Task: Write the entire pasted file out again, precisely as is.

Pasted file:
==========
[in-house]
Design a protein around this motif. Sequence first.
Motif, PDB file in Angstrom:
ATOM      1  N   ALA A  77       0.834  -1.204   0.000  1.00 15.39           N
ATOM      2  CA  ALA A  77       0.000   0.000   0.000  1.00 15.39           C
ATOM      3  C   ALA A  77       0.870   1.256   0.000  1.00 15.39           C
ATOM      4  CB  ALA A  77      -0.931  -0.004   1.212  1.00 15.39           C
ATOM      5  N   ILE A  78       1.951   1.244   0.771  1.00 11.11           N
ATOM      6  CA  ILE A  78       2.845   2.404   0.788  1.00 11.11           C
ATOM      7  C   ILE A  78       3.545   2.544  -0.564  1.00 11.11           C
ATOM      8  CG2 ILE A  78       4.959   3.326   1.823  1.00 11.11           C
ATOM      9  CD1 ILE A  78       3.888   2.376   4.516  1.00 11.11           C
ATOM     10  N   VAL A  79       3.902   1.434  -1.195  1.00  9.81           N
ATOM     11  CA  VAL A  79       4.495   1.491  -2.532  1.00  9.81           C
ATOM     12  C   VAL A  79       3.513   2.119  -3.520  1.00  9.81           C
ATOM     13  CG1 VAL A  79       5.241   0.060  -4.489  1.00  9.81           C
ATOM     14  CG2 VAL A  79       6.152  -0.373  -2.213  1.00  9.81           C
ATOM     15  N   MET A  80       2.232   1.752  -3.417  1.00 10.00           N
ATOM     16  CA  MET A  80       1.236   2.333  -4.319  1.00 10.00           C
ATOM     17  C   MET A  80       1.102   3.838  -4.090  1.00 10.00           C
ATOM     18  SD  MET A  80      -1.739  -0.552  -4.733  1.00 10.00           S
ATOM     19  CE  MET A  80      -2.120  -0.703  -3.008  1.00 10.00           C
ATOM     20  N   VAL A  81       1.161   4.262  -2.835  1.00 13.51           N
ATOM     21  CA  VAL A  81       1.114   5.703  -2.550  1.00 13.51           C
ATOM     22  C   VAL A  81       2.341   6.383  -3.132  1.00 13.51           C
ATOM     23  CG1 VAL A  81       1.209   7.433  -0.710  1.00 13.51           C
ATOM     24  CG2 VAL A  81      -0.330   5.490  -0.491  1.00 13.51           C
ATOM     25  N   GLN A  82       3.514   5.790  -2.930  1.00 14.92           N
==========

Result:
[in-house]
Design a protein around this motif. Sequence first.
Motif, PDB file in Angstrom:
ATOM      1  N   ALA A  77       0.834  -1.204   0.000  1.00 15.39           N
ATOM      2  CA  ALA A  77       0.000   0.000   0.000  1.00 15.39           C
ATOM      3  C   ALA A  77       0.870   1.256   0.000  1.00 15.39           C
ATOM      4  CB  ALA A  77      -0.931  -0.004   1.212  1.00 15.39           C
ATOM      5  N   ILE A  78       1.951   1.244   0.771  1.00 11.11           N
ATOM      6  CA  ILE A  78       2.845   2.404   0.788  1.00 11.11           C
ATOM      7  C   ILE A  78       3.545   2.544  -0.564  1.00 11.11           C
ATOM      8  CG2 ILE A  78       4.959   3.326   1.823  1.00 11.11           C
ATOM      9  CD1 ILE A  78       3.888   2.376   4.516  1.00 11.11           C
ATOM     10  N   VAL A  79       3.902   1.434  -1.195  1.00  9.81           N
ATOM     11  CA  VAL A  79       4.495   1.491  -2.532  1.00  9.81           C
ATOM     12  C   VAL A  79       3.513   2.119  -3.520  1.00  9.81           C
ATOM     13  CG1 VAL A  79       5.241   0.060  -4.489  1.00  9.81           C
ATOM     14  CG2 VAL A  79       6.152  -0.373  -2.213  1.00  9.81           C
ATOM     15  N   MET A  80       2.232   1.752  -3.417  1.00 10.00           N
ATOM     16  CA  MET A  80       1.236   2.333  -4.319  1.00 10.00           C
ATOM     17  C   MET A  80       1.102   3.838  -4.090  1.00 10.00           C
ATOM     18  SD  MET A  80      -1.739  -0.552  -4.733  1.00 10.00           S
ATOM     19  CE  MET A  80      -2.120  -0.703  -3.008  1.00 10.00           C
ATOM     20  N   VAL A  81       1.161   4.262  -2.835  1.00 13.51           N
ATOM     21  CA  VAL A  81       1.114   5.703  -2.550  1.00 13.51           C
ATOM     22  C   VAL A  81       2.341   6.383  -3.132  1.00 13.51           C
ATOM     23  CG1 VAL A  81       1.209   7.433  -0.710  1.00 13.51           C
ATOM     24  CG2 VAL A  81      -0.330   5.490  -0.491  1.00 13.51           C
ATOM     25  N   GLN A  82       3.514   5.790  -2.930  1.00 14.92           N